E||-------||
B||-------||
G||-------||
D||-------||
A||--0----||
E||-------||
Step 2: Find the minor third interval of this root. From the lesson on musical intervals, you should know that this is 3 semitones.
E||-------||
B||-------||
G||-------||
D||-------||
A||--3----||
E||-------||
Step 3: Well, since you need to play both these notes at the same time, and since they are both on the same string, you will need to transpose. (If you don't know how, I will write a short lesson on the process). Look at the tab below, and notice that both notes sound the same (as long as your guitar is tuned properly).
E||------------||
B||------------||
G||------------||
D||------------||
A||--0---------||
E||-------5----||
Step 4: Now to play the actual minor third harmonization. Play the root, A in this case, and the minor third of the root, C in this case, at the same time.
E||-------||
B||-------||
G||-------||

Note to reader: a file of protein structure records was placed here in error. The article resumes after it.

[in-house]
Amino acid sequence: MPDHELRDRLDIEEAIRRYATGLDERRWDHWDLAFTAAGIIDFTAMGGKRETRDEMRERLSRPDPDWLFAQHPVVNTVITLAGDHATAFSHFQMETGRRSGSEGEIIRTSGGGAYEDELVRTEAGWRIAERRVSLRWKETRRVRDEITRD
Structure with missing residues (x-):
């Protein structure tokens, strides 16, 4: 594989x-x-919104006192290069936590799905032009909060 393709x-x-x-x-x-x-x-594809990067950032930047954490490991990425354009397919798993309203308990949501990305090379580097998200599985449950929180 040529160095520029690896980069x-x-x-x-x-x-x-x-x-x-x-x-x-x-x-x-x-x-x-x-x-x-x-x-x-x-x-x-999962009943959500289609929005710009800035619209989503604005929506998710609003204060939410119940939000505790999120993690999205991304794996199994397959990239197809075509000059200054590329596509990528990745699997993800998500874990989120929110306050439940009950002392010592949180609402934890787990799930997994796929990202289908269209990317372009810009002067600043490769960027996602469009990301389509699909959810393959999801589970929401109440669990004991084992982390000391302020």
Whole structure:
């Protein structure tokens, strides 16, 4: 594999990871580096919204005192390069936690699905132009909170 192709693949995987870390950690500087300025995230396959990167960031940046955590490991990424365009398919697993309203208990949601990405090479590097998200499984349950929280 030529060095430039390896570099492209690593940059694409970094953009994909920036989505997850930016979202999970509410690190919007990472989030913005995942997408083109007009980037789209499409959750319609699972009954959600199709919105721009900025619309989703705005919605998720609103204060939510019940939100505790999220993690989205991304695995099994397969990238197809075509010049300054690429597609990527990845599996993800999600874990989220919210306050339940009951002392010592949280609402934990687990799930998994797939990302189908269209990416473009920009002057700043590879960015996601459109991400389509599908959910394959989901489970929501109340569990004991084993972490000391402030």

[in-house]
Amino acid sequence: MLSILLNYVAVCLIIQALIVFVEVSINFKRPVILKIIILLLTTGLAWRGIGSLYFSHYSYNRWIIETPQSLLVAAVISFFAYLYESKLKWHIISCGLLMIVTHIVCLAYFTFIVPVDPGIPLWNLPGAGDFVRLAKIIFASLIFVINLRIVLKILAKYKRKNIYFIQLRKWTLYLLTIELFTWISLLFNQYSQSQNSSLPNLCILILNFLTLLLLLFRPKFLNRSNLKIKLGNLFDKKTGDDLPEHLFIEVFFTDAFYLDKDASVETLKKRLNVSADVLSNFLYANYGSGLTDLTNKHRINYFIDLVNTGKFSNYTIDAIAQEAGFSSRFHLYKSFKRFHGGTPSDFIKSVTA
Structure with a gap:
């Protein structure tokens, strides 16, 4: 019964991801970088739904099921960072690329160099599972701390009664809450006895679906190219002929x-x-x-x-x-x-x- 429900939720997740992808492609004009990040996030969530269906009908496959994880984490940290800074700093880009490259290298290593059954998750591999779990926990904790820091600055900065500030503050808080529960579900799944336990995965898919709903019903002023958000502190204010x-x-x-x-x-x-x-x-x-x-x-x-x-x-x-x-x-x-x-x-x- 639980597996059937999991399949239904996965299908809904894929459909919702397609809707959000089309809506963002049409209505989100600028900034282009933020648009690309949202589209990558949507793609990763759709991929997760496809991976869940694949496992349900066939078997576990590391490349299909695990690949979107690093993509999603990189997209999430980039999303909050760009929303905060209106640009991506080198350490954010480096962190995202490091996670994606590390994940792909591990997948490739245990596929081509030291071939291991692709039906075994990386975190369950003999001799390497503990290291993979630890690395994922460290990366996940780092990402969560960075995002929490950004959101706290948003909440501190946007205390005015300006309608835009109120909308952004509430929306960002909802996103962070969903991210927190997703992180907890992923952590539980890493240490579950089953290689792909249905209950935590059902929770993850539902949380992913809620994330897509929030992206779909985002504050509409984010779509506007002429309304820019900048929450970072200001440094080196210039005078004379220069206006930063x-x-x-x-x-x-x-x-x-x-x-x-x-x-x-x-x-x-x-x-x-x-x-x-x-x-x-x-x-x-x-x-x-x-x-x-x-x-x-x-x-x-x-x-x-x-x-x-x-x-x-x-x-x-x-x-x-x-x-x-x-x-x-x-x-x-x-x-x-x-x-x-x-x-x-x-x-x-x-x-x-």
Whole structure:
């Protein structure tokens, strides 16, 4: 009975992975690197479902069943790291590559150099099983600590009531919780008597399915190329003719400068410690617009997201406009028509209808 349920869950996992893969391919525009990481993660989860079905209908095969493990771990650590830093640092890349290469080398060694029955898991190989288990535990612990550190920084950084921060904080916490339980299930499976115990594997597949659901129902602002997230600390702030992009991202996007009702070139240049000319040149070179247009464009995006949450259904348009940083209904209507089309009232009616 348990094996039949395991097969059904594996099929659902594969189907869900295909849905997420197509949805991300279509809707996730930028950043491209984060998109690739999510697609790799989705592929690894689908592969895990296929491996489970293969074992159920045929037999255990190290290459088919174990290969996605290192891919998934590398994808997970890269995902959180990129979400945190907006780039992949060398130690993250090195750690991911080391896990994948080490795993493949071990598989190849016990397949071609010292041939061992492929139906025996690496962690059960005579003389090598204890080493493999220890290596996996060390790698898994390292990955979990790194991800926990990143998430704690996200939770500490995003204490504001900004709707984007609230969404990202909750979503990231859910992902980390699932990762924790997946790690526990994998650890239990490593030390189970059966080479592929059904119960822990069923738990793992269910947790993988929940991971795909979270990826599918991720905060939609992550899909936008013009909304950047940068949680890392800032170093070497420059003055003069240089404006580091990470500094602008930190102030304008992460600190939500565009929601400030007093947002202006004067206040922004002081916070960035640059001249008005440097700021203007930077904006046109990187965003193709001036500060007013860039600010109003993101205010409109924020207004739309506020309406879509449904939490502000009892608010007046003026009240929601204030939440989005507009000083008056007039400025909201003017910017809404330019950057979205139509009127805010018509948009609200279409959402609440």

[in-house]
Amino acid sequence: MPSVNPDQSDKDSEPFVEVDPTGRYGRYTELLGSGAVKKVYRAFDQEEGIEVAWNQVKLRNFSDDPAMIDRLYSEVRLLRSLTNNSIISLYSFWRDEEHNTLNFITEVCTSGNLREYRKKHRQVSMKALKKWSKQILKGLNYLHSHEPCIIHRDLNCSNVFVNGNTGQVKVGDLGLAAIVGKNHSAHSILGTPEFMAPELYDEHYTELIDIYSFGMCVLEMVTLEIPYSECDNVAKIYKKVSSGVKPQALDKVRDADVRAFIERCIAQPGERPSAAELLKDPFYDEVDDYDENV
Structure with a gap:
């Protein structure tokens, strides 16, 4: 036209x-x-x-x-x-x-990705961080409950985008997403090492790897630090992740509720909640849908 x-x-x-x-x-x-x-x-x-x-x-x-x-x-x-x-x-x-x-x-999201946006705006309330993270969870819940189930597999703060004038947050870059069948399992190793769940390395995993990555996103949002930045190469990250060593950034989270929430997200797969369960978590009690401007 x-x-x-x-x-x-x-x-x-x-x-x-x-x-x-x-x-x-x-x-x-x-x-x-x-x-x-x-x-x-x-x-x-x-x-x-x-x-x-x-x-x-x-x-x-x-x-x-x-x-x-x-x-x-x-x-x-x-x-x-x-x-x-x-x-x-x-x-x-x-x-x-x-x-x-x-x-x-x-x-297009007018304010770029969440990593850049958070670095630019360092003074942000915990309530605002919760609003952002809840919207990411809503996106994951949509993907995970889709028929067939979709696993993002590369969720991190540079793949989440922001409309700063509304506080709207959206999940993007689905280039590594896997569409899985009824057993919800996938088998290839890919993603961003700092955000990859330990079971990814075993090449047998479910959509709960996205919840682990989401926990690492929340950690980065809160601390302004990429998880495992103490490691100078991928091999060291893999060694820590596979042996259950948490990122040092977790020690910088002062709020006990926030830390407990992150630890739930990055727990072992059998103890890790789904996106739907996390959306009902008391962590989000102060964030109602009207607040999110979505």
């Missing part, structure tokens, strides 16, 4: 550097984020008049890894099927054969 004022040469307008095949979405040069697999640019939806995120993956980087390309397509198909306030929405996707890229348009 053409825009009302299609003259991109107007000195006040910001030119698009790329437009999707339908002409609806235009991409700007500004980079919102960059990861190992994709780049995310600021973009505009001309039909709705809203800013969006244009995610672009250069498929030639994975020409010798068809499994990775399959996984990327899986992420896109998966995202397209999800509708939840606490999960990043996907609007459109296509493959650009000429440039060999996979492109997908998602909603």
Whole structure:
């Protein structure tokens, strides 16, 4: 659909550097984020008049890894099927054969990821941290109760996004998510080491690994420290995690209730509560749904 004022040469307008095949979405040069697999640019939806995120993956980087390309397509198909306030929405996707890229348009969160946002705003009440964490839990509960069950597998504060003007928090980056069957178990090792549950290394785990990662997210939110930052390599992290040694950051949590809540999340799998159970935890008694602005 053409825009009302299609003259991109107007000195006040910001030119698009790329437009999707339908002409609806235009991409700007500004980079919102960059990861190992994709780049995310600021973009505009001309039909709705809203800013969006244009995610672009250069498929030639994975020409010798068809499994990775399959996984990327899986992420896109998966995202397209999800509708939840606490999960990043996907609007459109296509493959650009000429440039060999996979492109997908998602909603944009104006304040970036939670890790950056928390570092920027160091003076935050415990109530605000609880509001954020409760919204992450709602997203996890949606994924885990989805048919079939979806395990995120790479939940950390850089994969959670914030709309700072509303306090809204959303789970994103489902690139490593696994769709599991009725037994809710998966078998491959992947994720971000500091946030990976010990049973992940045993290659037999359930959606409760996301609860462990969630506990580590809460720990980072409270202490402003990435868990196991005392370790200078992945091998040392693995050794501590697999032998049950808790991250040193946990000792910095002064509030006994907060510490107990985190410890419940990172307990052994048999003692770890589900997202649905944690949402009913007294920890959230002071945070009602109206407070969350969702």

D||-------||
A||--3----||
E||--5----||
And there you go! A minor third harmonization! All the other harmonization's follow the same rules so let's go through them quickly. For the major third harmonization, you would start with your root note, A in this case:
E||-------||
B||-------||
G||-------||
D||-------||
A||--0----||
E||-------||
Then, you would find the major third of A, which is C#:
E||-------||
B||-------||
G||-------||
D||-------||
A||--4----||
E||-------||
And then you would transpose the root note (only if you have to), and play both notes at the same time:
E||-------||
B||-------||
G||-------||
D||-------||
A||--4----||
E||--5----||
Okay, now let's just breeze through the rest. A perfect fourth harmonization on A would consist of these two notes:
E||------------||
B||------------||
G||------------||
D||------------||
A||--0----5----||
E||------------||
And could be played like this:
E||-------||
B||-------||
G||-------||
D||-------||